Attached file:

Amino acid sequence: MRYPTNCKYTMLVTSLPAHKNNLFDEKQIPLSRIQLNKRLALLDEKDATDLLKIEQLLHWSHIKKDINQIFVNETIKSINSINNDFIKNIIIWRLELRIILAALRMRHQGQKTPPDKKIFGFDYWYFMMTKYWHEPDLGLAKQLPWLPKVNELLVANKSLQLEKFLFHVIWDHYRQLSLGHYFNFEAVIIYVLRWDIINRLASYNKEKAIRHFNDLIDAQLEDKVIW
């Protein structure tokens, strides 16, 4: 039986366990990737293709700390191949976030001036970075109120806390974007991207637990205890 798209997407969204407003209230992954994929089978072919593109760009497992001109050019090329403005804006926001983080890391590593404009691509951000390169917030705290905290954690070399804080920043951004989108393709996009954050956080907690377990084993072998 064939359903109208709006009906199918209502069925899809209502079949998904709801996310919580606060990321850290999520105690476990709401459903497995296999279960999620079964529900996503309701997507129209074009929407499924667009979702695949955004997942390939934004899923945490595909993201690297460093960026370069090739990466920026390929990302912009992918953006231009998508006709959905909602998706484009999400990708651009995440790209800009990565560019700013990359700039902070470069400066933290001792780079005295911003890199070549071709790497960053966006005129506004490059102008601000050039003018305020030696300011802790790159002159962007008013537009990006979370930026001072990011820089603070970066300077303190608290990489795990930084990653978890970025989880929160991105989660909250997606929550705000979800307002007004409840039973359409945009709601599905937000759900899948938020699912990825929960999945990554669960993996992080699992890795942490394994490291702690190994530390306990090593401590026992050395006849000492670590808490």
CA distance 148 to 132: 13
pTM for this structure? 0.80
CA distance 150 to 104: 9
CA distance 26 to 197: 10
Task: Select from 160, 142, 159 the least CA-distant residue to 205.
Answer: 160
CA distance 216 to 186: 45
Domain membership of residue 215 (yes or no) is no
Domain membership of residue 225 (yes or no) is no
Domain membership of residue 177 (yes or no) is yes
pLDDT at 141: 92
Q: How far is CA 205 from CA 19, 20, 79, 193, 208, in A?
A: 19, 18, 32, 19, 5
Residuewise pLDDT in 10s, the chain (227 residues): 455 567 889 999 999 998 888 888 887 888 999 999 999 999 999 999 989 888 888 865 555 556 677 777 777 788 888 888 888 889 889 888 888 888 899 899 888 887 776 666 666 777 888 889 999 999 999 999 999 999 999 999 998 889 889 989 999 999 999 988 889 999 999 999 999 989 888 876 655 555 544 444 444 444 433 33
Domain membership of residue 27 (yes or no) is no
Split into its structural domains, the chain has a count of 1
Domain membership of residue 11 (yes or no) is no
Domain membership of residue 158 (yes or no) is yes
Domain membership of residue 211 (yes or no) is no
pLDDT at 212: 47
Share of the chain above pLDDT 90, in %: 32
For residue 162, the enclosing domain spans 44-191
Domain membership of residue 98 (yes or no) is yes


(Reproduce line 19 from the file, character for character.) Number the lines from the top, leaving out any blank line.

Domain membership of residue 11 (yes or no) is no